Logitech's Ergo K860 is another top option as long as you don't mind spending quite a bit more. It has a split-key and raised layout with a full number pad, it operates wirelessly with Bluetooth or a 2.4GHz dongle, and it has cupped keys on top of scissor switches. Like the Wave Keys, it runs on two AAA batteries. You can usually find it for somewhere around $100.

If you're a fan of the more compact design sans number pad but still wish you could occasionally crush a spreadsheet with the extra keys, HP's 960 Ergonomic wireless keyboard could be the perfect fit. It looks a lot like Kensington's Pro Fit Ergo KB675 with a split and raised design, but it adds a separate wireless number pad. It usually costs about $120, so you are paying a premium for the additional hardware.

Kensington Pro Fit Ergo KB675 EQ TKL: Should you buy it?

Kensington Pro Fit Ergo KB675 EQ TKL (Image credit: Kensington)

You should buy the Pro Fit Ergo KB675 EQ TKL if ...

You have limited space on your desk and can do without a number pad.

You often work across platforms and devices, where the quick-switching capabilities make themselves useful.

You don't want to spend more than about $65 on a keyboard.

You should NOT buy the Pro Fit Ergo KB675 EQ TKL if ...

You're a gamer who wants a performance keyboard with specialized switches and keycaps.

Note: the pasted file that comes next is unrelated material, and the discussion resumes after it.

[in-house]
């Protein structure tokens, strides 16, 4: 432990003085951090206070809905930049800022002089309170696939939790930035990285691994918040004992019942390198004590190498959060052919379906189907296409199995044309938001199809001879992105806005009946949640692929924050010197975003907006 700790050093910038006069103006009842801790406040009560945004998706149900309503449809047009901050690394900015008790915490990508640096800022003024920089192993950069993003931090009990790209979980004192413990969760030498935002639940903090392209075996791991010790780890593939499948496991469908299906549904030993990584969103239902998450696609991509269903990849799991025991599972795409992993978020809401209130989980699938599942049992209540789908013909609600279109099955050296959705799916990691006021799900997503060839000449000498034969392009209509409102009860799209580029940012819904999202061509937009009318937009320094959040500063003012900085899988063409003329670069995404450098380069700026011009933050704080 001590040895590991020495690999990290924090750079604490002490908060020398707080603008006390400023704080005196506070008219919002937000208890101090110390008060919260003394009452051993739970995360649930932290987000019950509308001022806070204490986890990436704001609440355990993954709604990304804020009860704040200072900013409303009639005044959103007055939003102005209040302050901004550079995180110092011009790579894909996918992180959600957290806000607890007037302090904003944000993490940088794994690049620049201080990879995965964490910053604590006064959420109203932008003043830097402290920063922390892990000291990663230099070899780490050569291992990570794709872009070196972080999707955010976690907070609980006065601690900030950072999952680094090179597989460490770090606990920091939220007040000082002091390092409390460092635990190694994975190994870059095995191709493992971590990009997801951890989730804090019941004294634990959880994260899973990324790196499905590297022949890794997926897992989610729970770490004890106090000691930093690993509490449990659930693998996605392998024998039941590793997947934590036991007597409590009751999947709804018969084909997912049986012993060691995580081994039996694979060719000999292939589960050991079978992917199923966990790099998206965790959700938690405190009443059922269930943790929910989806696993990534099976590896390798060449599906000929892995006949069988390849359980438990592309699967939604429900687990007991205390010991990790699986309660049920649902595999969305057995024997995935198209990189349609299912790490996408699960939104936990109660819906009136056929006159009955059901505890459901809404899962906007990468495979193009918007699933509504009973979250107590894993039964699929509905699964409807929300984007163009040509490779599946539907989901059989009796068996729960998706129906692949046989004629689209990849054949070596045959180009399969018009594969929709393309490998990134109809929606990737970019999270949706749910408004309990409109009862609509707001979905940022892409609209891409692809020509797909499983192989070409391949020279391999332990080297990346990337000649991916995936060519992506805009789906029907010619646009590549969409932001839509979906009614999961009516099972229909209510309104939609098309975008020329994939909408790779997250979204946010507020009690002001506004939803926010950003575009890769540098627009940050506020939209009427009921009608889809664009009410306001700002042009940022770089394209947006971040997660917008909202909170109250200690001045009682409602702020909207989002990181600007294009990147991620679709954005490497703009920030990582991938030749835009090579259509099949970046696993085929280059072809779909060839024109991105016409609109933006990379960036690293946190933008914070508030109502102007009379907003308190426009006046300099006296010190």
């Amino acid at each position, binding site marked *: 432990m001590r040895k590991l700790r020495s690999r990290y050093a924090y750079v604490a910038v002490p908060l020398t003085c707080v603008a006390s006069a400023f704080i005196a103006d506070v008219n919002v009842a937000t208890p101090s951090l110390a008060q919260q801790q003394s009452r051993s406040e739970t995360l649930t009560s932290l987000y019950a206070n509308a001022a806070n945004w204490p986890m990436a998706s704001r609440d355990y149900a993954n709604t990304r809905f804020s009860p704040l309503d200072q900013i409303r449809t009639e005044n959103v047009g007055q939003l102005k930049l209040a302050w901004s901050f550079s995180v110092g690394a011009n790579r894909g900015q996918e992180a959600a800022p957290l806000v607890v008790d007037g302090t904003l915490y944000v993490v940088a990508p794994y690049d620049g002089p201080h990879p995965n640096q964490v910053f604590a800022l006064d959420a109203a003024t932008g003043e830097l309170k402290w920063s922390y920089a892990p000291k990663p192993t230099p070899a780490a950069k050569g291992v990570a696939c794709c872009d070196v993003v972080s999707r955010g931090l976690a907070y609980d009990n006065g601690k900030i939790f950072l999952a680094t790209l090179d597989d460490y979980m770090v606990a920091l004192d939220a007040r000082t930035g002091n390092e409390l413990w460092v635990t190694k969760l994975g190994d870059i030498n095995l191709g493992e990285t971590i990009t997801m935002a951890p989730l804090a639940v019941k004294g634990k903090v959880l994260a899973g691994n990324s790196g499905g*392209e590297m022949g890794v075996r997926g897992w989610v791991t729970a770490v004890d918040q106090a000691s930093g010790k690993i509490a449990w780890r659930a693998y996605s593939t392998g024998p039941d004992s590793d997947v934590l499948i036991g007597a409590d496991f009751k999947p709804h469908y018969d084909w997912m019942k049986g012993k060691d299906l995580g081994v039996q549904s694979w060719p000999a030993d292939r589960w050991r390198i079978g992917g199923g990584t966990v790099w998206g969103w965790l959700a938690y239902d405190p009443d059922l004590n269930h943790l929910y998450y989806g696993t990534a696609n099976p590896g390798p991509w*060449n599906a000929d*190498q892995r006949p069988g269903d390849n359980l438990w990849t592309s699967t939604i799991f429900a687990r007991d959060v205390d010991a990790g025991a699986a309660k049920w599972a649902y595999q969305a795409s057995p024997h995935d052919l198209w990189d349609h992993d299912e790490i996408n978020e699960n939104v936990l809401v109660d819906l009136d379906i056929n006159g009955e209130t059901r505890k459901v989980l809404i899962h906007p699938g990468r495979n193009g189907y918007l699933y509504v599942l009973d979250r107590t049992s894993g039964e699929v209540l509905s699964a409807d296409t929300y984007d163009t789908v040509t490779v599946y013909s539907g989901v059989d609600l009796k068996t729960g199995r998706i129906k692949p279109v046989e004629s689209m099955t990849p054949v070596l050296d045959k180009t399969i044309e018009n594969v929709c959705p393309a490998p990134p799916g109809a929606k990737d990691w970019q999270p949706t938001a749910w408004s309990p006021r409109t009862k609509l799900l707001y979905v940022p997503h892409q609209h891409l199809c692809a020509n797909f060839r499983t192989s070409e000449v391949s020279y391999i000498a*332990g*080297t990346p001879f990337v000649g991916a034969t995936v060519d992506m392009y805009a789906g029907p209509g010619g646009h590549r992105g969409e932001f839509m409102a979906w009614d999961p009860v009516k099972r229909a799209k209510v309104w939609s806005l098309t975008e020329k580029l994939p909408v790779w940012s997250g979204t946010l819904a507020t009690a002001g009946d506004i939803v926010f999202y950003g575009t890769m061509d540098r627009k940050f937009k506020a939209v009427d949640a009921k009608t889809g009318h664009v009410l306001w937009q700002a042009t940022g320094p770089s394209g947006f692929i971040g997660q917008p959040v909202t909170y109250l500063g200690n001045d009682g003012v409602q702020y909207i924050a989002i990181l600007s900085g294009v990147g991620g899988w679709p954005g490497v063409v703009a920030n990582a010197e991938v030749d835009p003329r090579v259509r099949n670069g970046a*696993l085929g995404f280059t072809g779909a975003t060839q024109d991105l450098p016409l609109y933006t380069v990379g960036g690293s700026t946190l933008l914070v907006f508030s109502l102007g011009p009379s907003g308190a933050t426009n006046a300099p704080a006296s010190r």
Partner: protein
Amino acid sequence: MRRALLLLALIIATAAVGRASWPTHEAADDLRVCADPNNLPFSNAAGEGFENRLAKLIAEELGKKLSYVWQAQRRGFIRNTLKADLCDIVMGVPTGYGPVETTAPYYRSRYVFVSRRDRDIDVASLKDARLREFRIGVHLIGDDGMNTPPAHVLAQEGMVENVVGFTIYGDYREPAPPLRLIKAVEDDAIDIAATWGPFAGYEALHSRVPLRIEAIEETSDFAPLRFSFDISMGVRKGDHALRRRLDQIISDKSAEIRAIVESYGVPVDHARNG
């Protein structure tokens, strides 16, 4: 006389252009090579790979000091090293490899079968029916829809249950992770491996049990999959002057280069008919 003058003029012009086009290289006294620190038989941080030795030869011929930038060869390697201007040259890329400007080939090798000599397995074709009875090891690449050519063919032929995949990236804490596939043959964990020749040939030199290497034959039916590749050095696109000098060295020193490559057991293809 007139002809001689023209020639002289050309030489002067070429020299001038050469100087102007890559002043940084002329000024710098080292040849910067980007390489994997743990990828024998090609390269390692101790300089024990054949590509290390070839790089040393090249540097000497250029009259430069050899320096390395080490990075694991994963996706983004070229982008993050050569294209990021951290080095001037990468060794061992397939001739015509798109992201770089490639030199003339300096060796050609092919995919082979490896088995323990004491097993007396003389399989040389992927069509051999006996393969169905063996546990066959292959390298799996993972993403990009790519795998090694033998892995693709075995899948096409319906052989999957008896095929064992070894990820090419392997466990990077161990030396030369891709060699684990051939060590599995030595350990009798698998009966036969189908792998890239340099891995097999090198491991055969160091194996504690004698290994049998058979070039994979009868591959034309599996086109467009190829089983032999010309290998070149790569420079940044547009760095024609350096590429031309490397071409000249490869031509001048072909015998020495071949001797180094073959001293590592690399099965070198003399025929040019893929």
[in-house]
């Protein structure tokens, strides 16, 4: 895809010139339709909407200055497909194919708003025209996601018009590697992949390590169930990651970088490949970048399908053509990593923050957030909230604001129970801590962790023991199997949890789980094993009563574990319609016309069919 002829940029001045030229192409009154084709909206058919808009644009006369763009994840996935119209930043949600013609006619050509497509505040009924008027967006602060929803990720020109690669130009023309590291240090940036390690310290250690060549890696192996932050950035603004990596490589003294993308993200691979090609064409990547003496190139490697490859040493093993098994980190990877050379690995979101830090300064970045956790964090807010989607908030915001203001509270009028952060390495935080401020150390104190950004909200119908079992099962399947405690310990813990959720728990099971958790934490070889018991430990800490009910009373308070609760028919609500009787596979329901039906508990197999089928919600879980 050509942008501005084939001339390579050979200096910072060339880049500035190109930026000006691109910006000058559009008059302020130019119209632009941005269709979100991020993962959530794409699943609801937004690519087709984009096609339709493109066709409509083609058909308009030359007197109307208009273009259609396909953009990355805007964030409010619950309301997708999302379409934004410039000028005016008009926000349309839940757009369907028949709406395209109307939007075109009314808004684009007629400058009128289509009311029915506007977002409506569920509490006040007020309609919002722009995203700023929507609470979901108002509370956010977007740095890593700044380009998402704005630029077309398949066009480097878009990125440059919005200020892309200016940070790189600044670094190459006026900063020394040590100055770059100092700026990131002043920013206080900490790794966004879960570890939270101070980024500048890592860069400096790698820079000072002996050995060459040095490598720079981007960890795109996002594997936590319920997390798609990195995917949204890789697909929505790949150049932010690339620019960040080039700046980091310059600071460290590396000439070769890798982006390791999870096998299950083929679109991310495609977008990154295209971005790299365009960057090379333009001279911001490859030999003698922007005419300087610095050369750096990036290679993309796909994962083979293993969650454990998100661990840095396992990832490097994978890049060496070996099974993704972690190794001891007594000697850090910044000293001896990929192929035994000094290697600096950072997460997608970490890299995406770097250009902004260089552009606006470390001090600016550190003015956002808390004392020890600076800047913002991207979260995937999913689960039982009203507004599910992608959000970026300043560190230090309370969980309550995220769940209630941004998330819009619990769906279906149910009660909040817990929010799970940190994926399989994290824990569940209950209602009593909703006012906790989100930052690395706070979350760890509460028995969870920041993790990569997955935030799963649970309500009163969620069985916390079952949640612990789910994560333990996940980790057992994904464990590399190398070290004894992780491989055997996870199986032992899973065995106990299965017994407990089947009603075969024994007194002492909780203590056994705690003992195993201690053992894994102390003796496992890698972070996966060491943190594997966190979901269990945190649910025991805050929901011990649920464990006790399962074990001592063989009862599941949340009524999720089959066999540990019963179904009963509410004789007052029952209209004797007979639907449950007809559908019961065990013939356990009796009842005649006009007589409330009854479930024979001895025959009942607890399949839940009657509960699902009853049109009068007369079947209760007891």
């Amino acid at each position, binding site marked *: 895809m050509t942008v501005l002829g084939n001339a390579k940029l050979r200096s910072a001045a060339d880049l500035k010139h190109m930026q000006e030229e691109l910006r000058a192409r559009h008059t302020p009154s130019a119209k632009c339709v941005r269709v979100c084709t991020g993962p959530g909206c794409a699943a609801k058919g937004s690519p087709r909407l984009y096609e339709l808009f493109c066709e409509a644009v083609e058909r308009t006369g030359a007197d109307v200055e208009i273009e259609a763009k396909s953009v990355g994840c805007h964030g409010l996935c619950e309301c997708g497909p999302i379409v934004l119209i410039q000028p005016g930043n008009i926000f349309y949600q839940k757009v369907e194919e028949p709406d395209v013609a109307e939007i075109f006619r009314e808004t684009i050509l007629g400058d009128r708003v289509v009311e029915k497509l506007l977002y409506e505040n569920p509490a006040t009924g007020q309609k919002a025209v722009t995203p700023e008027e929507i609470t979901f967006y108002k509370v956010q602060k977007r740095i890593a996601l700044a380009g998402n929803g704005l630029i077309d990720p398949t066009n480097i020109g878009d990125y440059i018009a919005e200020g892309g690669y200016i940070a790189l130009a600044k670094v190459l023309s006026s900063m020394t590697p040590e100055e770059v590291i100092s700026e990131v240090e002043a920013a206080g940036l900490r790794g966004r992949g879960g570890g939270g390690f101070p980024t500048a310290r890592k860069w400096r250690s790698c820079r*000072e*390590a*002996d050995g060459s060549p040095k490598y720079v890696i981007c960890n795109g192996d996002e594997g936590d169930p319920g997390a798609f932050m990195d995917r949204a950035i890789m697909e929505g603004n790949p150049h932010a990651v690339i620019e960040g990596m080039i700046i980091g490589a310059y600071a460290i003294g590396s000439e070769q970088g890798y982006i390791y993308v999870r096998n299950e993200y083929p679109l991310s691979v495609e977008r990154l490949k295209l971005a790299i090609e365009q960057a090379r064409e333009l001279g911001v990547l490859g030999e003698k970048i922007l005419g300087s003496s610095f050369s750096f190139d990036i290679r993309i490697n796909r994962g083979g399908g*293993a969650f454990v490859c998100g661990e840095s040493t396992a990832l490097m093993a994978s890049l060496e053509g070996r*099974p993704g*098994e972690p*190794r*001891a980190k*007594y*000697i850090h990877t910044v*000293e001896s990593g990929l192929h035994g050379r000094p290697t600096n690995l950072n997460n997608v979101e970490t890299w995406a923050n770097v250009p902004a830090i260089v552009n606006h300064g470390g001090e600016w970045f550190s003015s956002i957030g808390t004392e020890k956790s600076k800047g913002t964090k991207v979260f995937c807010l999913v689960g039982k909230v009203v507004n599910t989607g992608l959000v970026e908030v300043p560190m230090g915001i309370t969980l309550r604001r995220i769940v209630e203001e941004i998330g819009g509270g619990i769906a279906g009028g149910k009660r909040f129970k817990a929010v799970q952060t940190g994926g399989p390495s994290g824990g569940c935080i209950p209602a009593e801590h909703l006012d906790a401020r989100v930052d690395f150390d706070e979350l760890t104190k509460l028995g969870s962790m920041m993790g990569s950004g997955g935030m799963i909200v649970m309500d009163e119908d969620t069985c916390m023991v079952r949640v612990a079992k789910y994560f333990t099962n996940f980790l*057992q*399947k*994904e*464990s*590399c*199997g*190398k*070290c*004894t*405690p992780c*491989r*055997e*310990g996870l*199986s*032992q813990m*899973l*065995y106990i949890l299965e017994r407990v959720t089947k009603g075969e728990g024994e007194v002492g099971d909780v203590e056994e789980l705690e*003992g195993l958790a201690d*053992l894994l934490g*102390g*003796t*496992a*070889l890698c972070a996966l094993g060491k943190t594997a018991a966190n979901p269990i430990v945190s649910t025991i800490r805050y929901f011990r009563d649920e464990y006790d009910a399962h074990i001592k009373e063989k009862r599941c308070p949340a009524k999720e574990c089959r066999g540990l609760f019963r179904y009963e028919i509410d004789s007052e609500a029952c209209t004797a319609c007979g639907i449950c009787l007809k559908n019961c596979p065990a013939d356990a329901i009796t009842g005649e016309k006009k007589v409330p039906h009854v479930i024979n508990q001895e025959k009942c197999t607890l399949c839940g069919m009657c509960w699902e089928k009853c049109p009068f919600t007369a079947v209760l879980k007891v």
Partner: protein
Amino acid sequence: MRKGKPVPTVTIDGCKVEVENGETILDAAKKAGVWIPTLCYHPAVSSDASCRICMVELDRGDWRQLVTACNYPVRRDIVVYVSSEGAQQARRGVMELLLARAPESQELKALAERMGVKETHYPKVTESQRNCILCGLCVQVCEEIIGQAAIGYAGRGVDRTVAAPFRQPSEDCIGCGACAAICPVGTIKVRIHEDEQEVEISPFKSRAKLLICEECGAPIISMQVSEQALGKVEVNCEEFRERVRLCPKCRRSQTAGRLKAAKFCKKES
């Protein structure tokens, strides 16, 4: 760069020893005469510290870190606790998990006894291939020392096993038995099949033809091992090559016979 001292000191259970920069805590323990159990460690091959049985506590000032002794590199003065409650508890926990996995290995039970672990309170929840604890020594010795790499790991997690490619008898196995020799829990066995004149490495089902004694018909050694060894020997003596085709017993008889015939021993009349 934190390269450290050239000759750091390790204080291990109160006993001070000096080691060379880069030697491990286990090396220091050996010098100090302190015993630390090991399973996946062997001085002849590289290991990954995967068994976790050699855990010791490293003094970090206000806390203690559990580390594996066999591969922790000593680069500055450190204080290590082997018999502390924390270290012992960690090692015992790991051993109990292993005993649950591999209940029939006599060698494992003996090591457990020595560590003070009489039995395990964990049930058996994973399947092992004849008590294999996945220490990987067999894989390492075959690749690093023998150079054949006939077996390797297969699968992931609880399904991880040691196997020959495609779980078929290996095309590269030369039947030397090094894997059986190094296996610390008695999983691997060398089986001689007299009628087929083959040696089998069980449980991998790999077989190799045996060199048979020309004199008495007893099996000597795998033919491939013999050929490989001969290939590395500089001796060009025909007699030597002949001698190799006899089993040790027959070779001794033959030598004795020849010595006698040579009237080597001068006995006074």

You can't work without a backlight or without a number pad.

You don't suffer from wrist or forearm pain when using a regular keyboard (though acting preemptively is never a bad idea).

Kensington's Pro Fit Ergo KB675 EQ TKL is on the affordable side of the ergonomic wireless keyboard market, especially considering it has a built-in rechargeable battery. You might be able to find longer battery life elsewhere with replaceable AA or AAA options, but the quick USB-C charging shouldn't be an issue for most people.

In terms of typing, the keyboard doesn't really offer anything special. The keycaps are flat and rather plain, the switches are standard productivity fare, and the printed font may eventually begin to wear off. However, the keys have a lot of travel with a pleasant bounce, typing is quiet, and Kensington did a great job of tweaking keycap sizes near the middle split to keep things comfortable.

The keyboard's setup is hassle-free, connecting with Bluetooth or the included 2.4GHz USB-A receiver. And though it's not required, I was impressed by Kensington's Konnect software. It's easy to navigate, and it handles deep customization with multiple profile setups. If you're a multiplatform or multi-device user, you'll love the ability to connect to three devices at once and switch with just one key press.

A lack of backlight will irk some, but at least the white font stands out well against the black keys. You might also need a number pad, but as someone who doesn't often use the extra keys, I can appreciate the smaller chassis to save space on my desk.

As long as you can live with the mentioned shortcomings and have about $65 to spend, I can recommend Kensington's Pro Fit Ergo KB675 EQ TKL. Even if you don't already suffer from wrist or forearm pain when typing, taking a proactive approach to physical health in the office is never a bad idea.

Cale Hunt

Cale Hunt brings to Windows Central more than eight years of experience writing about laptops, PCs, accessories, games, and beyond. If it runs Windows or in some way complements the hardware, there’s a good chance he knows about it, has written about it, or is already busy testing it.